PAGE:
You are cordially invited to a special presentation with the U.S. Department of State on the topic of

The State Department’s Mission in Combating Human Trafficking

with

Jane Nady Sigmon, PhD  
Senior Advisor to the Director of the State Department’s Office
to Monitor and Combat Trafficking in Persons 

Wednesday, November 16

5:00 PM

The Institute of World Politics
1521 16th Street NW
Washington, D.C.
Parking 

Register

Dr. Jane Nady Sigmon serves as Senior Advisor to the Director of the U.S. State Department’s Office to Monitor and Combat Trafficking in Persons (TIP Office) and lead for developing Child Protection Compact Partnerships between the U.S. and other governments.  She joined the State Department in 2000 and the TIP Office in 2006.  She managed the TIP Office’s global foreign assistance program, including hundreds of anti-trafficking projects in nearly 100 countries (2006-2012), and she served as the Department’s first crime victim assistance specialist (2000-2006), where she created the consular assistance to crime victims program and trained hundreds of consular officers on how to assist American citizens who were victims of violence overseas.  

Previously in government, Dr. Sigmon served as director of the U.S. Justice Department’s Office for Victims of Crime (1987-1991); was Associate Commissioner of the Children’s Bureau in the Department of Health and Human Services (1984-1987); and special assistant to the Commissioner on Developmental Disabilities (1982-1984).  While working with non-profit organizations, Dr. Sigmon oversaw criminal justice research, evaluation, and training, for the American Prosecutors Research Institute/National District Attorneys Association (1997-2000).  She also served as executive director of the non-profit, Victims’ Assistance Legal Organization, VALOR, (1992-1997), where she founded the National Victim Assistance Academy with support from the Justice Department.  Early in her career, Dr. Sigmon specialized in diagnosing developmental and learning disorders in children (1971-1982), while working in schools and public health clinics.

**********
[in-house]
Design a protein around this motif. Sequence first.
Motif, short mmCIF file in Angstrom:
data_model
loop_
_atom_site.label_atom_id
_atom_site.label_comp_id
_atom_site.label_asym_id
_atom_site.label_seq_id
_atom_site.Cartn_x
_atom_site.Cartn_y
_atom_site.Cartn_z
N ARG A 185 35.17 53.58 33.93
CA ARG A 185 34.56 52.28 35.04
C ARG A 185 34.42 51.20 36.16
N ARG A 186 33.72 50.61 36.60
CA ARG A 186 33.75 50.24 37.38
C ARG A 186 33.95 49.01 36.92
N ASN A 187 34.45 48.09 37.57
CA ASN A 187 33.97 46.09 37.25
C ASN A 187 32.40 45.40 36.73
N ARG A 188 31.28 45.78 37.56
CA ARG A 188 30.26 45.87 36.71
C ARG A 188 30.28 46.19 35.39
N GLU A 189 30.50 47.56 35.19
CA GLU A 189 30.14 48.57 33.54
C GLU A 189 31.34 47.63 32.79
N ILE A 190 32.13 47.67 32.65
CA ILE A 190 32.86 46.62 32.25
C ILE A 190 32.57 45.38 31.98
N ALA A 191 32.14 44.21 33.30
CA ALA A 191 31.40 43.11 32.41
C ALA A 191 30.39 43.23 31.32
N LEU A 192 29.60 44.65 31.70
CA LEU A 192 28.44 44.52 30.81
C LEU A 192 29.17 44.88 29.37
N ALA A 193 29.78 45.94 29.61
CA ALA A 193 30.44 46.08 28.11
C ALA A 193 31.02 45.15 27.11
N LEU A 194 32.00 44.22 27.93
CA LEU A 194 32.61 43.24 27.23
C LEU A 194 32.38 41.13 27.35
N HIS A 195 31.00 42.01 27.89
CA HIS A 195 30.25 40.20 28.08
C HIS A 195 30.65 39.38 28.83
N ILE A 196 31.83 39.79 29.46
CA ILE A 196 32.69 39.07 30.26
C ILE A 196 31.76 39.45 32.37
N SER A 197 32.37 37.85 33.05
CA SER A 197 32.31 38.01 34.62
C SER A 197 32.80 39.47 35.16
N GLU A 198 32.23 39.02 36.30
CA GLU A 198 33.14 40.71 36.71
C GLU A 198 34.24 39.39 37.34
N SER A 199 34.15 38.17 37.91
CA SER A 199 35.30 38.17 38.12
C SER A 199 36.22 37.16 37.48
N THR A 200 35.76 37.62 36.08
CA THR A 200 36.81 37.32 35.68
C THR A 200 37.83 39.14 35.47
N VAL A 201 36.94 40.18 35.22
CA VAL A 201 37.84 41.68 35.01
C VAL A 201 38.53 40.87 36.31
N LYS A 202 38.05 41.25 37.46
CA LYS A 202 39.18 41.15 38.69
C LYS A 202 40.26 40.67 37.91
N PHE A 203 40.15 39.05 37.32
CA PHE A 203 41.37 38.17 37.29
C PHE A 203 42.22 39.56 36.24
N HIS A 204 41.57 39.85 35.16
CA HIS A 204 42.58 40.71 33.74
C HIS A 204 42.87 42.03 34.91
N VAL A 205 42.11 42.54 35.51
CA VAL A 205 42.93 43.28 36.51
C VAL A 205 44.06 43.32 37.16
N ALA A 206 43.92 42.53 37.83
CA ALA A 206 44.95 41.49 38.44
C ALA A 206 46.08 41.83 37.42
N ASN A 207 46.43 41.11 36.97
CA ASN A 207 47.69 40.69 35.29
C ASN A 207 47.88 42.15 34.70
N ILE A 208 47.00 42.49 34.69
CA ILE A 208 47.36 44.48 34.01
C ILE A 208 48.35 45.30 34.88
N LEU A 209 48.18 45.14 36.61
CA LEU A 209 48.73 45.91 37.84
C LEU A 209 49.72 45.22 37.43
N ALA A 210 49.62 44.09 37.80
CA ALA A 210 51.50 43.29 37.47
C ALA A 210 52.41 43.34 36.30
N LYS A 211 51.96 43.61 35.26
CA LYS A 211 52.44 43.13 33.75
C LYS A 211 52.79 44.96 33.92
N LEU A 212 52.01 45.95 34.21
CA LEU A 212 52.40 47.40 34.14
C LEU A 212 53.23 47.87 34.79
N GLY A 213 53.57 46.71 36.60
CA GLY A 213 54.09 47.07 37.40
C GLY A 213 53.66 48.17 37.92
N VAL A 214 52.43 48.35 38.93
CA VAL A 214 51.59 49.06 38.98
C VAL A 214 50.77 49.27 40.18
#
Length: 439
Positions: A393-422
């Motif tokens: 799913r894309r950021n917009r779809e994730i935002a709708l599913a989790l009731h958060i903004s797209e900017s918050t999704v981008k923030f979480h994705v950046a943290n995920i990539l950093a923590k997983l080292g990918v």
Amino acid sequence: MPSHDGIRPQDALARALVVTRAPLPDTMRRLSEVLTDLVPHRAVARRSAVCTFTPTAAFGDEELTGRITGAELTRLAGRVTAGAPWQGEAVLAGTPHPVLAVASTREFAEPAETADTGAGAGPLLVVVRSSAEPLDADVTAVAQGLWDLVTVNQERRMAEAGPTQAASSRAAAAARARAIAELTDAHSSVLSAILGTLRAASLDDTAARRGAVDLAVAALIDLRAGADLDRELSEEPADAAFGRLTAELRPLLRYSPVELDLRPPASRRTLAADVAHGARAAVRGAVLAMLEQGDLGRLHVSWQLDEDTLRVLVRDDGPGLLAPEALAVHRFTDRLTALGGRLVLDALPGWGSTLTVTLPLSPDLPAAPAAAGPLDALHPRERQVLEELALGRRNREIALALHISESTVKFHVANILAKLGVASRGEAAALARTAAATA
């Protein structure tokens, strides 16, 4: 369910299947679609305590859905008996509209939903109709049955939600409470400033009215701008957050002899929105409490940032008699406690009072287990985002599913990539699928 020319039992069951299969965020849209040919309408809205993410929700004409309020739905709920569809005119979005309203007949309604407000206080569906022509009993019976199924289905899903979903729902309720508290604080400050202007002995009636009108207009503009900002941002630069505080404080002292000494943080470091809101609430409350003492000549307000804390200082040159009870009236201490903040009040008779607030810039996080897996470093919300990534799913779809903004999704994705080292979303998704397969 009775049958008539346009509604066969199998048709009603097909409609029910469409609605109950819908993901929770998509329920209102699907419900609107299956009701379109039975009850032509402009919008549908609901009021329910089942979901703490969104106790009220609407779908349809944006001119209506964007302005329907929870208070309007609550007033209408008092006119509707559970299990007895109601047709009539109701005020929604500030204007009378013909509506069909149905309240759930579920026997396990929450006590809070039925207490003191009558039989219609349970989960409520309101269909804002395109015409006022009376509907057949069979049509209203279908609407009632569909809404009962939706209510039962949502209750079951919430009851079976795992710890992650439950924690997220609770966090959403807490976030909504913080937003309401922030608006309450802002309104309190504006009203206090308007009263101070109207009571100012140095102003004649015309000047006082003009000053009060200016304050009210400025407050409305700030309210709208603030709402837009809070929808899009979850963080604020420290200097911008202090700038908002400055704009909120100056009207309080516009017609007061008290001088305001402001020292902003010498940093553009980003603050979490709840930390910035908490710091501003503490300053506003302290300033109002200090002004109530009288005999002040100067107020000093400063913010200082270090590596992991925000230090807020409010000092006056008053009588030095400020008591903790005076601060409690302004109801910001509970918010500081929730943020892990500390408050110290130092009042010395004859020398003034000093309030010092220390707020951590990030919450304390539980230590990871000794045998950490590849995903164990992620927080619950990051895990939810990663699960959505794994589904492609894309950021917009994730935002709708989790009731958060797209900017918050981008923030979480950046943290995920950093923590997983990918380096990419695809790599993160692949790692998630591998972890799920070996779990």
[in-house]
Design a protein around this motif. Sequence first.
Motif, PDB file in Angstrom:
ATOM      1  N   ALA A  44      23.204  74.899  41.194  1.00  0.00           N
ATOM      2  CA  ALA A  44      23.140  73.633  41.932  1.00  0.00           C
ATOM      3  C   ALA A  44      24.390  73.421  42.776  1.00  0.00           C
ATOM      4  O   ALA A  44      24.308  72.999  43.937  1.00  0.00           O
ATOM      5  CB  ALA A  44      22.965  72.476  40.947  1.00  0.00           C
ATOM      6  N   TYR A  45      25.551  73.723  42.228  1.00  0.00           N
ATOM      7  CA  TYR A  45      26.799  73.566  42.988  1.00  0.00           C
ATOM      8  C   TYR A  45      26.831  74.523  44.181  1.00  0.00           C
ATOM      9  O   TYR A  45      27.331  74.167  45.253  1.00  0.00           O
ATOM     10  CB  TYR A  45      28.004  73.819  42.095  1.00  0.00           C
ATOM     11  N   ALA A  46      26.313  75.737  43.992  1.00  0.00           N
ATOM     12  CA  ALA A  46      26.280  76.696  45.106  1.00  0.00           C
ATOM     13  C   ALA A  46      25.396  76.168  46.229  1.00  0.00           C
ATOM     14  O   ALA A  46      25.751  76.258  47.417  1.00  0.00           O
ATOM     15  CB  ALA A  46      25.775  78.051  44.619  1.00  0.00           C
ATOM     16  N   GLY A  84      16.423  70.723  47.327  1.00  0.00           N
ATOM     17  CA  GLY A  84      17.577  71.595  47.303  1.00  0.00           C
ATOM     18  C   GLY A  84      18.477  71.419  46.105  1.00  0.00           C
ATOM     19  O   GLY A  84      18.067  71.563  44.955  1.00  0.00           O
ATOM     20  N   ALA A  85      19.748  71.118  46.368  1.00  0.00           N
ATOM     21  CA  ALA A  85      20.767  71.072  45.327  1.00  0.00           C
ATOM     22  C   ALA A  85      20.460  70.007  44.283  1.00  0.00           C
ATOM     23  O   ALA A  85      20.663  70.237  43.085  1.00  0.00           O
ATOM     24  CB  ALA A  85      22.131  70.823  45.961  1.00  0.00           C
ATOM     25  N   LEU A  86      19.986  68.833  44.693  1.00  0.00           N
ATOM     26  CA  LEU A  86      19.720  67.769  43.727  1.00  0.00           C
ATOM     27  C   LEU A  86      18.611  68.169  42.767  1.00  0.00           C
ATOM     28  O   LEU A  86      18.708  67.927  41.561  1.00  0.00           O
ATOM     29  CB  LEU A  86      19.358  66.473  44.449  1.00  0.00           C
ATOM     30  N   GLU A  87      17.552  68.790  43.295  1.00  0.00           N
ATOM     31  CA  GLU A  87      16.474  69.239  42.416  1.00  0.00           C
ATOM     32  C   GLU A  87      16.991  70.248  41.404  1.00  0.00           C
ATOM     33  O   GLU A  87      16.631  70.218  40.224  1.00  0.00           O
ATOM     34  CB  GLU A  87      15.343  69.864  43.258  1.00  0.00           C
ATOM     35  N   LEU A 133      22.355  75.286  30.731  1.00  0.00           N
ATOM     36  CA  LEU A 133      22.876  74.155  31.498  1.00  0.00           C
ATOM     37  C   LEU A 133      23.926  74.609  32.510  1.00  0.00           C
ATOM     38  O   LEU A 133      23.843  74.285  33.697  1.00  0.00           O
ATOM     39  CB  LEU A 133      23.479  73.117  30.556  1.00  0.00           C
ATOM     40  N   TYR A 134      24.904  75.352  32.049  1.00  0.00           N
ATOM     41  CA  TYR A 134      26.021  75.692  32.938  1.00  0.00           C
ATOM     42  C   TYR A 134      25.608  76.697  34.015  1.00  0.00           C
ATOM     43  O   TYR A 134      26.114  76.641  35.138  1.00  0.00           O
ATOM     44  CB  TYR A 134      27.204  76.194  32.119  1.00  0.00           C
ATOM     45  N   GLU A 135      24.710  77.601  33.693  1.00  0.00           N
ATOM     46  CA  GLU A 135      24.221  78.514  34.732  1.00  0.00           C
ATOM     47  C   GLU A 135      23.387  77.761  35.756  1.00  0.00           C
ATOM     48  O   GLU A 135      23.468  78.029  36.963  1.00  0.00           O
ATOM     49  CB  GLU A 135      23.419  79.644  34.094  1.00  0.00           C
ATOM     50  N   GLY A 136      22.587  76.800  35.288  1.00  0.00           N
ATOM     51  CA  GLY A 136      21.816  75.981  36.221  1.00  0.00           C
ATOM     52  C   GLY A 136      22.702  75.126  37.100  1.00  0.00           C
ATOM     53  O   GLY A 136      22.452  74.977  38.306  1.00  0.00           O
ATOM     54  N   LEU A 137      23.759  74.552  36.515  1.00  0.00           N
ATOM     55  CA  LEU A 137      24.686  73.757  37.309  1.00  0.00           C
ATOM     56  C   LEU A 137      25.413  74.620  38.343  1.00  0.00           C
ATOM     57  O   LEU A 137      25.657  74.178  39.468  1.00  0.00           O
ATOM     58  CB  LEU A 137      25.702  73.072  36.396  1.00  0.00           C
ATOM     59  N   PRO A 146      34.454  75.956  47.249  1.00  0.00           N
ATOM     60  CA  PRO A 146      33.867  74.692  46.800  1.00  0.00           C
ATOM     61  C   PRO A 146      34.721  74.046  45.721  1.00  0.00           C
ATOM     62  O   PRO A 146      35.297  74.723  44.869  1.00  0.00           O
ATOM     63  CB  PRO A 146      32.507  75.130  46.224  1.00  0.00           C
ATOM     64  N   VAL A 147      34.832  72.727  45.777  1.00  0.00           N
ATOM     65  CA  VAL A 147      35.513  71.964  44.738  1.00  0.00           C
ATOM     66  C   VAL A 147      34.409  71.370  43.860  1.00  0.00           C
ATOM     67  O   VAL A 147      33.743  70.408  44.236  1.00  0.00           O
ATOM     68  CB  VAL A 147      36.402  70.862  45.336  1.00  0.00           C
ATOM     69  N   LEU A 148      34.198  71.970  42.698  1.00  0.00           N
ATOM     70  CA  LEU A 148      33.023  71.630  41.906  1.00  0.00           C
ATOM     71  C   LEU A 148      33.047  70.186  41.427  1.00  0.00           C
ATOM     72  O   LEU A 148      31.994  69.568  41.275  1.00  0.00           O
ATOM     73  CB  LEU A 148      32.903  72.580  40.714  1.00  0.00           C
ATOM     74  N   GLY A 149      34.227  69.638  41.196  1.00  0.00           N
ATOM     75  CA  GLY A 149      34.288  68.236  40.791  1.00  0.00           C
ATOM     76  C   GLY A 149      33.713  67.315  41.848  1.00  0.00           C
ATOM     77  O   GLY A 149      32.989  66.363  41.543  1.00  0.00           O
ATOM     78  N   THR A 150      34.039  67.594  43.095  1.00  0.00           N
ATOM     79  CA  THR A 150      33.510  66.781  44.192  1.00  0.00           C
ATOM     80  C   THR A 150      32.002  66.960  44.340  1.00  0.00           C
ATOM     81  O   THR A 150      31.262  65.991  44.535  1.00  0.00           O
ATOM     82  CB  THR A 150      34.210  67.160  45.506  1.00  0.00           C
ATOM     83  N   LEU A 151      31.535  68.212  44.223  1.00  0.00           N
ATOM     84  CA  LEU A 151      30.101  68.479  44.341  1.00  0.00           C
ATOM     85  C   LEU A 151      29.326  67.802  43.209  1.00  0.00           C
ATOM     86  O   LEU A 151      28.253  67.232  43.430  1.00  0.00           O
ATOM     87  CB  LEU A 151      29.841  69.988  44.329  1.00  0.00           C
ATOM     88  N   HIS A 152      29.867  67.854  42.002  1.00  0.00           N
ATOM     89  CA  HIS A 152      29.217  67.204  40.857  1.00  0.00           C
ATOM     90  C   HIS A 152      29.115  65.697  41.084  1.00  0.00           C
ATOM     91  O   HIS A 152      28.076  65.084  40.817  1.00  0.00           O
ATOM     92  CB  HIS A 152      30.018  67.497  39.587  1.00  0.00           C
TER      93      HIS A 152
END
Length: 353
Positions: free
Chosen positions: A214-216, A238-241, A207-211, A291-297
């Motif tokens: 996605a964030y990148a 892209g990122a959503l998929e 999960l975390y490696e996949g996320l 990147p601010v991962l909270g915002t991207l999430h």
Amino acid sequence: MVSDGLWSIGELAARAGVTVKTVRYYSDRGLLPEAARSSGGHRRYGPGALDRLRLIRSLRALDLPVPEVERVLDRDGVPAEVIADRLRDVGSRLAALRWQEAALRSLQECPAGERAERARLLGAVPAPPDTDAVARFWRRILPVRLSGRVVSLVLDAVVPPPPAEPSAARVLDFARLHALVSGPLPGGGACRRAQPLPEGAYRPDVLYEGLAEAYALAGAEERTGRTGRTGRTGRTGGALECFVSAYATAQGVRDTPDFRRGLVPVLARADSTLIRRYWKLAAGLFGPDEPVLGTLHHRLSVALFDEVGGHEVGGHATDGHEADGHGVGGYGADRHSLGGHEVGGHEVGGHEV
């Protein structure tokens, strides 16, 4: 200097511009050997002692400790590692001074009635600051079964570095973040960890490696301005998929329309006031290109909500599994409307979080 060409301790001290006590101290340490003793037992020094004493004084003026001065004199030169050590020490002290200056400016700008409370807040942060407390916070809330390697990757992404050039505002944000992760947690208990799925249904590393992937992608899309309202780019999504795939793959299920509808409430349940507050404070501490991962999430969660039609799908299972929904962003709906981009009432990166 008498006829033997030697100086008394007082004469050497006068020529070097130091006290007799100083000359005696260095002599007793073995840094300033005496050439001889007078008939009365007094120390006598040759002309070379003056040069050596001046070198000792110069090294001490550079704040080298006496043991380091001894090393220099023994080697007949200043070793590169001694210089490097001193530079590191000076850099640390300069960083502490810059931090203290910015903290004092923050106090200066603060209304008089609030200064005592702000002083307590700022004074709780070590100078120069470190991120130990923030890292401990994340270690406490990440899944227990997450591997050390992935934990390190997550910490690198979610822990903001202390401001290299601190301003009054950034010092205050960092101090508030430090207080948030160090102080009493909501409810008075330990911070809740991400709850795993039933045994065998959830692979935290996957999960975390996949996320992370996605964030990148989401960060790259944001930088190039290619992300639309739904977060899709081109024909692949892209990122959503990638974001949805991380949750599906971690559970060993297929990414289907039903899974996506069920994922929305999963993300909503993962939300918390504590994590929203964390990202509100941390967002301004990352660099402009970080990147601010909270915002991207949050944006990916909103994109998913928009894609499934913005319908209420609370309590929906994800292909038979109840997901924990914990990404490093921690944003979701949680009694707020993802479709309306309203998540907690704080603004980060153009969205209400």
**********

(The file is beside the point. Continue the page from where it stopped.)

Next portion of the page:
Dr. Sigmon earned a masters degree from Boston University and doctorate at Duke University.  She authored and co-authored several publications, including Combating Trafficking in Persons: a Call to Action for Global Health Professionals; Moving Toward Gender-sensitive Services for Victims of Human Trafficking; Combating Modern Day Slavery: Issues in Identifying and Assisting Victims of Human Trafficking Worldwide; Successful Adjudication Partnerships; Truancy Reduction: Keeping Kids in School; The Tennessee Prosecutors’ Caseload Study; the National Victim Assistance Academy Text; and The Coordinated Interagency Approach to Restitution.  Honors and awards include the National Organization for Victim Assistance (NOVA) first John Heinz Award for outstanding Federal leadership on behalf of victims of crime (1991); the American Society of Victimology’s Ed Stout Innovation in Victim Services Award (2009); the Honorary Doctor of Humane Letters conferred by Albertus Magnus College in 2010, and several State Department Superior Honor Awards.